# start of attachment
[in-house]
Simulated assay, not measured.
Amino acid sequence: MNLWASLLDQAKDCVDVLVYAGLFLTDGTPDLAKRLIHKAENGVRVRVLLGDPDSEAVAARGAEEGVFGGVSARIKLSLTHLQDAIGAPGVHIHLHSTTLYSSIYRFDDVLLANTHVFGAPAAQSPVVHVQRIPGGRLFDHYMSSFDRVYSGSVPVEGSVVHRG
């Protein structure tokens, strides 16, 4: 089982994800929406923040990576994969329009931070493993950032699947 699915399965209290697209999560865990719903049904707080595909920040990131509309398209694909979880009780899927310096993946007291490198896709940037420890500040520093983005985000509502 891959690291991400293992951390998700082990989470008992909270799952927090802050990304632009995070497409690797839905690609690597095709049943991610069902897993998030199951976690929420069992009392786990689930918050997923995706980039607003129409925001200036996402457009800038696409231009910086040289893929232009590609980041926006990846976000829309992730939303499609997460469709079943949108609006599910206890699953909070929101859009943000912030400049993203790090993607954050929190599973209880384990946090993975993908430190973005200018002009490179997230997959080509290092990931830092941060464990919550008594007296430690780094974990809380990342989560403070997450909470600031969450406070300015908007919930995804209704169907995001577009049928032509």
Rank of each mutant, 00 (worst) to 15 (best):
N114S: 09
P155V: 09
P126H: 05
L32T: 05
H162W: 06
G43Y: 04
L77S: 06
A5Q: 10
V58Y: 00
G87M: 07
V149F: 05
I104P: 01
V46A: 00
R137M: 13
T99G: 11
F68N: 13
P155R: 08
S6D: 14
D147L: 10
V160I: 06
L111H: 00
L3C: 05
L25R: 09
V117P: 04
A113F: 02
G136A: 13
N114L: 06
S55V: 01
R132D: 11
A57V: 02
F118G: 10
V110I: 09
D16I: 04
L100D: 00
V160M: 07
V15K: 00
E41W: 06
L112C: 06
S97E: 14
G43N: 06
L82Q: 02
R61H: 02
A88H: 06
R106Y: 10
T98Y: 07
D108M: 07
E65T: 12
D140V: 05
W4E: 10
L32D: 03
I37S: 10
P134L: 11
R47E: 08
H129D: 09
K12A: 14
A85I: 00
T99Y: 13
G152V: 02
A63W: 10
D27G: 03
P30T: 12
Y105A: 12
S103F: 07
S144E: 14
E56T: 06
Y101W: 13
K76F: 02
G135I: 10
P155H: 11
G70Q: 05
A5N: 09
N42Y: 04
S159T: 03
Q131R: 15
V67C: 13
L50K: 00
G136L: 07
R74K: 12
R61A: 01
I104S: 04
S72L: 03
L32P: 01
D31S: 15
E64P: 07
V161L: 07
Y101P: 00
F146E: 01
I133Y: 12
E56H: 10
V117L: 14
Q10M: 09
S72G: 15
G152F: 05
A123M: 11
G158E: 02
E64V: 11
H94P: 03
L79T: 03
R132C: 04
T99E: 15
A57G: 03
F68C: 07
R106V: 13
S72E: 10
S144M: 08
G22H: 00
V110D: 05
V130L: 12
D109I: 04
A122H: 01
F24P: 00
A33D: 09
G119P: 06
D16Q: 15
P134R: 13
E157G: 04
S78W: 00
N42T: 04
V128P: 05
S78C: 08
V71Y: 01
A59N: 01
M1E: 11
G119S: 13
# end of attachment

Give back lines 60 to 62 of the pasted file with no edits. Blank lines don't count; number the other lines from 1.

K12A: 14
A85I: 00
T99Y: 13